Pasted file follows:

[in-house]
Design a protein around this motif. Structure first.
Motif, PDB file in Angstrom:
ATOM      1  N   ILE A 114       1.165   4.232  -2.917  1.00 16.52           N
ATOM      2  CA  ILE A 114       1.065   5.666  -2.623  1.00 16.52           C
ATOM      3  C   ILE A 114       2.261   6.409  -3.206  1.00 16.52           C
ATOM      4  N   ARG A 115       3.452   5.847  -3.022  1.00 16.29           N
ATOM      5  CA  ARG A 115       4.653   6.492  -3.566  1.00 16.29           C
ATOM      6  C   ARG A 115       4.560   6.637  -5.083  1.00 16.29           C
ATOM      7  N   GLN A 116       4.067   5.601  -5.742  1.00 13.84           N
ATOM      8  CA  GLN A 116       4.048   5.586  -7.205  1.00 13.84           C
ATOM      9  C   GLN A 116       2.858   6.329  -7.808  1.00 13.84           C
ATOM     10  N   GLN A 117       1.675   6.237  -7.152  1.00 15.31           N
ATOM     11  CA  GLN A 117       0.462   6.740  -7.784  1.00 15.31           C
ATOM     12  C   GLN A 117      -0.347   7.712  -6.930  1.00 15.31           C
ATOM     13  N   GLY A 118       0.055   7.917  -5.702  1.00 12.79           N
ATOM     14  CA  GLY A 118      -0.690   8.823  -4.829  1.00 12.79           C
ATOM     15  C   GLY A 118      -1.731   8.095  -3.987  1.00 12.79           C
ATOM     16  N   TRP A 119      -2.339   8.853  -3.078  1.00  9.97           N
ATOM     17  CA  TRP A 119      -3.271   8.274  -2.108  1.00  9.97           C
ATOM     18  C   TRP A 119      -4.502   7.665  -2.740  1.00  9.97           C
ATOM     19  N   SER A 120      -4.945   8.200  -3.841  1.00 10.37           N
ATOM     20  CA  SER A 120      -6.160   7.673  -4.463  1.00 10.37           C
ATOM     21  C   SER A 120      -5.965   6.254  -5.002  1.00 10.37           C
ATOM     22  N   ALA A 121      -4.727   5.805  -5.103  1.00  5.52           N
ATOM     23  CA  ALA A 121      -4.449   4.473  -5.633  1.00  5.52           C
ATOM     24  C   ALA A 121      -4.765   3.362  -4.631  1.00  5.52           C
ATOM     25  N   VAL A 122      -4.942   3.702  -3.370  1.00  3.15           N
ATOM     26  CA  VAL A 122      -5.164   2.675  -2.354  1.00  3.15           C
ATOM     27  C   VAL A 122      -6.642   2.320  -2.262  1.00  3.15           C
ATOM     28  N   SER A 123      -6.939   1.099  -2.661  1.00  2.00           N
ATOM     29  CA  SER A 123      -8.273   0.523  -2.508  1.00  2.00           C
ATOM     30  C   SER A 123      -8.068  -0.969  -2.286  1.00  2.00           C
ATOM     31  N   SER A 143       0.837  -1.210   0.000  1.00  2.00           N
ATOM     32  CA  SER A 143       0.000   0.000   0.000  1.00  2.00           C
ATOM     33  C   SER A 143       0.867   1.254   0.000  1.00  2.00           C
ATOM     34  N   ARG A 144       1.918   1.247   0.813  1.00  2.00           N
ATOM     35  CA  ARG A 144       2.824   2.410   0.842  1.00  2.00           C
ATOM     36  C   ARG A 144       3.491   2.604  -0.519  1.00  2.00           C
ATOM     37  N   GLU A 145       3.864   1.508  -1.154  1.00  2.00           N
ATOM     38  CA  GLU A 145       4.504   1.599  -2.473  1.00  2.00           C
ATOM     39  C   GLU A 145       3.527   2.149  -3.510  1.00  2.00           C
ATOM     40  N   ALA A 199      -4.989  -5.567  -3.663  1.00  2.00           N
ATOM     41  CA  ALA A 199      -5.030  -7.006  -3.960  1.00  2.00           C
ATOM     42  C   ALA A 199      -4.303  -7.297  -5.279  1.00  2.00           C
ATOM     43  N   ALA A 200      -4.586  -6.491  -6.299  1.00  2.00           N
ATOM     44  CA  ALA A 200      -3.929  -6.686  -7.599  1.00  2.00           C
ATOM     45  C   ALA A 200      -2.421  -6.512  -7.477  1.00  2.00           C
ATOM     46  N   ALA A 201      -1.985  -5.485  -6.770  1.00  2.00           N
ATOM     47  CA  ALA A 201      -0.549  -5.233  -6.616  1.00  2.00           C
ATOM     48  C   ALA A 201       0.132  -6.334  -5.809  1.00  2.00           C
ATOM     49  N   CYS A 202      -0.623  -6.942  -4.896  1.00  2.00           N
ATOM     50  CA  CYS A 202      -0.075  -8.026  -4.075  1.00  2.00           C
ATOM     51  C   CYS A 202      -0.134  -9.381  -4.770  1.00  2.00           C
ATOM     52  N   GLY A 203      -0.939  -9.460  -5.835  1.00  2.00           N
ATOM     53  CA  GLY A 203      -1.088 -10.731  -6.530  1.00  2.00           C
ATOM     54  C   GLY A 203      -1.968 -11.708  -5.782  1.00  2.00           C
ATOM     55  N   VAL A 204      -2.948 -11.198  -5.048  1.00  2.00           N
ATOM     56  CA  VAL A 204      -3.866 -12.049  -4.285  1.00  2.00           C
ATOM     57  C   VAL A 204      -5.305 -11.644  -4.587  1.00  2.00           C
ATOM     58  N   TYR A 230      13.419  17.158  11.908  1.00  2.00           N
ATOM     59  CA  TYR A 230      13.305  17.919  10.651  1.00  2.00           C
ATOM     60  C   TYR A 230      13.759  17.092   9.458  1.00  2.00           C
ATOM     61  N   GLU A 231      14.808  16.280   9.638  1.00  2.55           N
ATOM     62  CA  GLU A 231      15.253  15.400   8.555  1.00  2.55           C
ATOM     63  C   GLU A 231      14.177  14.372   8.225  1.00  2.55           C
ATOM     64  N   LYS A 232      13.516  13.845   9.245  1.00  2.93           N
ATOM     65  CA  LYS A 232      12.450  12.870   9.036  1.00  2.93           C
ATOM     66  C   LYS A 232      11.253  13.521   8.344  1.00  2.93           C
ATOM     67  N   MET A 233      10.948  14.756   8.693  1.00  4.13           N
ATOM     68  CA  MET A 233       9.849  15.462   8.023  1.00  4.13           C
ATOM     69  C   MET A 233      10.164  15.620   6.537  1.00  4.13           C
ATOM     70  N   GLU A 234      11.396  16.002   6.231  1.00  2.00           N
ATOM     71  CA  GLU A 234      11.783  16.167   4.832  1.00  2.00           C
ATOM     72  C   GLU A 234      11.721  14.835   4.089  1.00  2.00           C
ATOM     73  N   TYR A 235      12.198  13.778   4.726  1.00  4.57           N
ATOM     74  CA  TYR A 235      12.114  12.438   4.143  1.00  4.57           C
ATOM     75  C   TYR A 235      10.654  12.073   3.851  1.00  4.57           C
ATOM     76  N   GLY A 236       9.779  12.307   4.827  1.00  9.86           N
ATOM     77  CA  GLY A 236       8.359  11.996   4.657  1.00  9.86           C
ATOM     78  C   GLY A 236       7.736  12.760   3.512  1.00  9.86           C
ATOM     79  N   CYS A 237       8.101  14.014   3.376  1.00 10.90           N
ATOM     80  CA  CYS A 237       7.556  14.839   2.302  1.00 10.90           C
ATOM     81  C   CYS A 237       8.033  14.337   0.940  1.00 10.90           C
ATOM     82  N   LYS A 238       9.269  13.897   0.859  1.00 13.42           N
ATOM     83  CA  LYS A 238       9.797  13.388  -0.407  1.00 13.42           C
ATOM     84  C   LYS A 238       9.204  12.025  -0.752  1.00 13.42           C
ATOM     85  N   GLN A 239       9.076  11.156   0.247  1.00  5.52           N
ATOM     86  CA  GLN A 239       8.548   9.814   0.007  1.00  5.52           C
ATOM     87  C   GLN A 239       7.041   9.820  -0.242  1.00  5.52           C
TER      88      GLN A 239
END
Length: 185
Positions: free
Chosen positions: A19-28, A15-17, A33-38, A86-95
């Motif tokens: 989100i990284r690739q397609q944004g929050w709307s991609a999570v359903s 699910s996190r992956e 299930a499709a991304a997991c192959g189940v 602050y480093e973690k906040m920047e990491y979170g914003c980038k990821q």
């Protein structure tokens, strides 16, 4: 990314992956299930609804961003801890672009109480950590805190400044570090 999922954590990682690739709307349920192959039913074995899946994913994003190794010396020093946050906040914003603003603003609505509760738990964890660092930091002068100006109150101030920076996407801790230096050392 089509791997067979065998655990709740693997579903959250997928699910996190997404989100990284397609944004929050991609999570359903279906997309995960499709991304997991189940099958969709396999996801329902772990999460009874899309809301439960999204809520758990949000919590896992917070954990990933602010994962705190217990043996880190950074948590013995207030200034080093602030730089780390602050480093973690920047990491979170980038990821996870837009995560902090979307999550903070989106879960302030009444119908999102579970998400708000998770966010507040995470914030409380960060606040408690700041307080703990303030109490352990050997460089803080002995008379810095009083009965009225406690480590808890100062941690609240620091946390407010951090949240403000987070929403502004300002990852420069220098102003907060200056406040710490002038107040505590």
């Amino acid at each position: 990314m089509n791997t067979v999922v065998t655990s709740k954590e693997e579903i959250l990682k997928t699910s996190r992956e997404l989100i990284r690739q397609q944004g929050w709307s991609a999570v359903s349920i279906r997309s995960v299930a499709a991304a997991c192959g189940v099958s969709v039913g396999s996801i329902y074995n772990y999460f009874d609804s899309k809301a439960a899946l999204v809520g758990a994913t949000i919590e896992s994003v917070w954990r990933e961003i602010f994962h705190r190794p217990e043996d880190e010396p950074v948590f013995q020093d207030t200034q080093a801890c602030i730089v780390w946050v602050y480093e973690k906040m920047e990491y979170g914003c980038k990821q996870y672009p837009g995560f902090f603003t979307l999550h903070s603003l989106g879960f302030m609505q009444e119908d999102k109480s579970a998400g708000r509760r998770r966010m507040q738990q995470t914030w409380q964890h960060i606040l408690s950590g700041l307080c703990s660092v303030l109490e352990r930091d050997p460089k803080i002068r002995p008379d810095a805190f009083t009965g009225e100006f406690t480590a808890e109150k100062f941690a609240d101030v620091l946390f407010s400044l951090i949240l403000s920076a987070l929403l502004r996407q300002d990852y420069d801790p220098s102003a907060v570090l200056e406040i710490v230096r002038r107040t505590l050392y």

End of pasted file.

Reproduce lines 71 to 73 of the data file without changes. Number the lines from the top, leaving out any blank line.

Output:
ATOM     68  CA  MET A 233       9.849  15.462   8.023  1.00  4.13           C
ATOM     69  C   MET A 233      10.164  15.620   6.537  1.00  4.13           C
ATOM     70  N   GLU A 234      11.396  16.002   6.231  1.00  2.00           N